Vqueeram also wonders why “queerness itself is often made about couples. What happens to those who choose to be single—those who imagine their queerness as centrally involving a single figure?” As someone “interested in the multiplicity of relationships,” they feel, multiple histories of marriages are being ignored and same-sex marriages are increasingly being tied to the queer rights discourse. It disappoints them, as they find the rights discourse is connected to the state giving and taking rights. Instead, they feel, queer people do need rights but also something besides the law to work with. Their opinion begs this question: Should not we look at the problems that the institution of cis-het marriages have given rise to, and why it has still, in popular culture, secured a buy-in?

Priyanka, a Bangalore-based queer and law student says, “Marriage has always been the domain of maintaining caste-based hegemony. The call for marriage from within the queer community seeks to emulate the same caste-based understanding within the institution of marriage.” Like Vqueeram, she feels, “There is a need to (re)think how existing partnerships can be made legally valid, without replicating existing marriage structures.” Ringing in harmony with Priyanka’s thoughts are the views of poet and gay activist Aditya Tiwari, who says queer people “have, and had, the freedom to design their relationships”. Yet, the legalisation of same-sex marriage “will be a big change”.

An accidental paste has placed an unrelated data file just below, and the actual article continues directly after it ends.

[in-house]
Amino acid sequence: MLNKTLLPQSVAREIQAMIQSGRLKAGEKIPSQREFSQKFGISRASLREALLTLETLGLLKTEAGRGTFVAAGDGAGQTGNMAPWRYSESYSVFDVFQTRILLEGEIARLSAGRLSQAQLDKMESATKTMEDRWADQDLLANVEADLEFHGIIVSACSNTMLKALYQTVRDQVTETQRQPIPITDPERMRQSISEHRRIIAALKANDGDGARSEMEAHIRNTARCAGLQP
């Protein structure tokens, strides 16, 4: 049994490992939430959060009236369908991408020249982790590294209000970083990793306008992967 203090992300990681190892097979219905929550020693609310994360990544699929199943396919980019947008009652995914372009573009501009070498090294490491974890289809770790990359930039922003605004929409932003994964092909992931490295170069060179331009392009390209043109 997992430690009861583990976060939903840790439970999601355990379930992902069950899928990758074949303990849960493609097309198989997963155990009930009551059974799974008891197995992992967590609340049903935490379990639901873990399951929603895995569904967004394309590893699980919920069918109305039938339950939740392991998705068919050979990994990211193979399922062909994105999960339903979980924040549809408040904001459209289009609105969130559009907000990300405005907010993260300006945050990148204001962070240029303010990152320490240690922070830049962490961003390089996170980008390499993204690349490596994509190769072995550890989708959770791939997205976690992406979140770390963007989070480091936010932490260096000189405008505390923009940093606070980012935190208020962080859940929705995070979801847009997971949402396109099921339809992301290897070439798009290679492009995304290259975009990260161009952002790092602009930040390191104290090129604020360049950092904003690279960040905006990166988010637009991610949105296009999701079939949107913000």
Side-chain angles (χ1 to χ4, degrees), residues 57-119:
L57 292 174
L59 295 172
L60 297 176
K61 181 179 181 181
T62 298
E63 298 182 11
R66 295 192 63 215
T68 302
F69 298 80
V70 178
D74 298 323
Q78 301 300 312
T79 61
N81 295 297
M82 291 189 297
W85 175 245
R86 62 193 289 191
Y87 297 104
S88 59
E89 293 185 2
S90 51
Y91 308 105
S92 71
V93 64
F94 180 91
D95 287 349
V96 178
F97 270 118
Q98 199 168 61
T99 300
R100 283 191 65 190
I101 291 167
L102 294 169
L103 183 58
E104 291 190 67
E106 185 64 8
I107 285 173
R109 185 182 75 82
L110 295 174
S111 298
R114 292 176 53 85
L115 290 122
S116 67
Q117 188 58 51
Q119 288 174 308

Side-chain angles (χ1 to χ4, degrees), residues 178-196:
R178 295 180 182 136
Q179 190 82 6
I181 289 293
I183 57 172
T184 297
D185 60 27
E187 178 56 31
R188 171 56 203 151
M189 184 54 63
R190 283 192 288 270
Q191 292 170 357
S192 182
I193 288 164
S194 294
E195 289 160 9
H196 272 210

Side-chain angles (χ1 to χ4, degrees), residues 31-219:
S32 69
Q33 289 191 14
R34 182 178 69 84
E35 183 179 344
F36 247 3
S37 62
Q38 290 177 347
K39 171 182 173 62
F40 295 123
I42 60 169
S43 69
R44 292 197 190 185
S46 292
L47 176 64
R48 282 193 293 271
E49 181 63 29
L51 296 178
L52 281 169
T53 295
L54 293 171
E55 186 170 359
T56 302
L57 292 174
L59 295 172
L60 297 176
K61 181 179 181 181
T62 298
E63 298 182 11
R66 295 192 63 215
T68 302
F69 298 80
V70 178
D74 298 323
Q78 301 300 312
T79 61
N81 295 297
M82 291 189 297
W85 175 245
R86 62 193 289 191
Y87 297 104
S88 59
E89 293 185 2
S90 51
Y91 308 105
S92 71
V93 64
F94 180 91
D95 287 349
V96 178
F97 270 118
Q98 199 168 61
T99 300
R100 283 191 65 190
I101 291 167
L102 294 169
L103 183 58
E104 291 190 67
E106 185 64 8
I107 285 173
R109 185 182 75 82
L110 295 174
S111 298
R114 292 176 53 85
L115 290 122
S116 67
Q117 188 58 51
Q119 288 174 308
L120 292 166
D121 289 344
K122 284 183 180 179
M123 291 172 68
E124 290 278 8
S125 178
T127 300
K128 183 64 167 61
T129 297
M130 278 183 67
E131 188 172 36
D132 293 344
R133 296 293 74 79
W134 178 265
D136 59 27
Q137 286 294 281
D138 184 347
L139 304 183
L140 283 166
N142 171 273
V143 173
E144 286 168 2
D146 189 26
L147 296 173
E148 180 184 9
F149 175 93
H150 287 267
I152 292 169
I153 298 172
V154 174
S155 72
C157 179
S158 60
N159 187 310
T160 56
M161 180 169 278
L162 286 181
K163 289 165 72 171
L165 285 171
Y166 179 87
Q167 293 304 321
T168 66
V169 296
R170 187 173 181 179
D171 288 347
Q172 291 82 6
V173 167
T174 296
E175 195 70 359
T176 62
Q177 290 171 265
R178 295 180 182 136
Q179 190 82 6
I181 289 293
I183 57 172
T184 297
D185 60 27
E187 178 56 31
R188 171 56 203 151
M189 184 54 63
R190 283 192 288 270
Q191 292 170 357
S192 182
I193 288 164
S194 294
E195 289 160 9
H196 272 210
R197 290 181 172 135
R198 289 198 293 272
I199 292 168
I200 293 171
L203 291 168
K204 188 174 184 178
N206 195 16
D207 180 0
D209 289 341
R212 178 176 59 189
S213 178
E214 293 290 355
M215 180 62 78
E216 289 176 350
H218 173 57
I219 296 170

Marriage would mean greater “control over their relationships,” but not over its design, which many queer people seek, says Saptarshi Mandal, a legal academic. “They want to be legally relevant in their partner’s life even without being married to them. Such queer people have to find common cause with hetero-cohabiting couples, single-parent families, etc.,” he feels. So, “marriage is definitely not the only way forward [yet] there is a strong equal rights argument too. As long as marriage is available, everyone should have access to it.”

However, people like Solicitor-General Mehta want to keep marriage as an exclusive right, which “neither surprises nor shocks” Saptarshi. Here, the view of the government “fashions itself as representing the interests of a certain section of the society and a certain worldview—the conservative, ‘truly Indian’ one.”